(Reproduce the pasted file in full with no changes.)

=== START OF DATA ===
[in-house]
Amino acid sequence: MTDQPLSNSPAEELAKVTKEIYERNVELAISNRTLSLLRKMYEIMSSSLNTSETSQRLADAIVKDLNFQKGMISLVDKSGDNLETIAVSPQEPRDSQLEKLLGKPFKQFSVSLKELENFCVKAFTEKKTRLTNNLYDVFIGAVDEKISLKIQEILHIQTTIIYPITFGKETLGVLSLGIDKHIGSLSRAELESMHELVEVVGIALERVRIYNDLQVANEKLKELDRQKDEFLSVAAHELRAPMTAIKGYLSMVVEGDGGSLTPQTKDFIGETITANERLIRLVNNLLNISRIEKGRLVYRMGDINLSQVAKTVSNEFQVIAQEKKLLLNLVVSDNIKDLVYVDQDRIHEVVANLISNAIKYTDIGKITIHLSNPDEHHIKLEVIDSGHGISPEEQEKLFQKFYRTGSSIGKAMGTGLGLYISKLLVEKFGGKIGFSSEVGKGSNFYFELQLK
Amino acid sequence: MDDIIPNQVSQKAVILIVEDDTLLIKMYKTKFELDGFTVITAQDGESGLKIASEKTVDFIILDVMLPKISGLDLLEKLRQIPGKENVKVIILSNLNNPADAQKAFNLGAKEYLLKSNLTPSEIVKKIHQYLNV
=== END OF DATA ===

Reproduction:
[in-house]
Amino acid sequence: MTDQPLSNSPAEELAKVTKEIYERNVELAISNRTLSLLRKMYEIMSSSLNTSETSQRLADAIVKDLNFQKGMISLVDKSGDNLETIAVSPQEPRDSQLEKLLGKPFKQFSVSLKELENFCVKAFTEKKTRLTNNLYDVFIGAVDEKISLKIQEILHIQTTIIYPITFGKETLGVLSLGIDKHIGSLSRAELESMHELVEVVGIALERVRIYNDLQVANEKLKELDRQKDEFLSVAAHELRAPMTAIKGYLSMVVEGDGGSLTPQTKDFIGETITANERLIRLVNNLLNISRIEKGRLVYRMGDINLSQVAKTVSNEFQVIAQEKKLLLNLVVSDNIKDLVYVDQDRIHEVVANLISNAIKYTDIGKITIHLSNPDEHHIKLEVIDSGHGISPEEQEKLFQKFYRTGSSIGKAMGTGLGLYISKLLVEKFGGKIGFSSEVGKGSNFYFELQLK
Amino acid sequence: MDDIIPNQVSQKAVILIVEDDTLLIKMYKTKFELDGFTVITAQDGESGLKIASEKTVDFIILDVMLPKISGLDLLEKLRQIPGKENVKVIILSNLNNPADAQKAFNLGAKEYLLKSNLTPSEIVKKIHQYLNV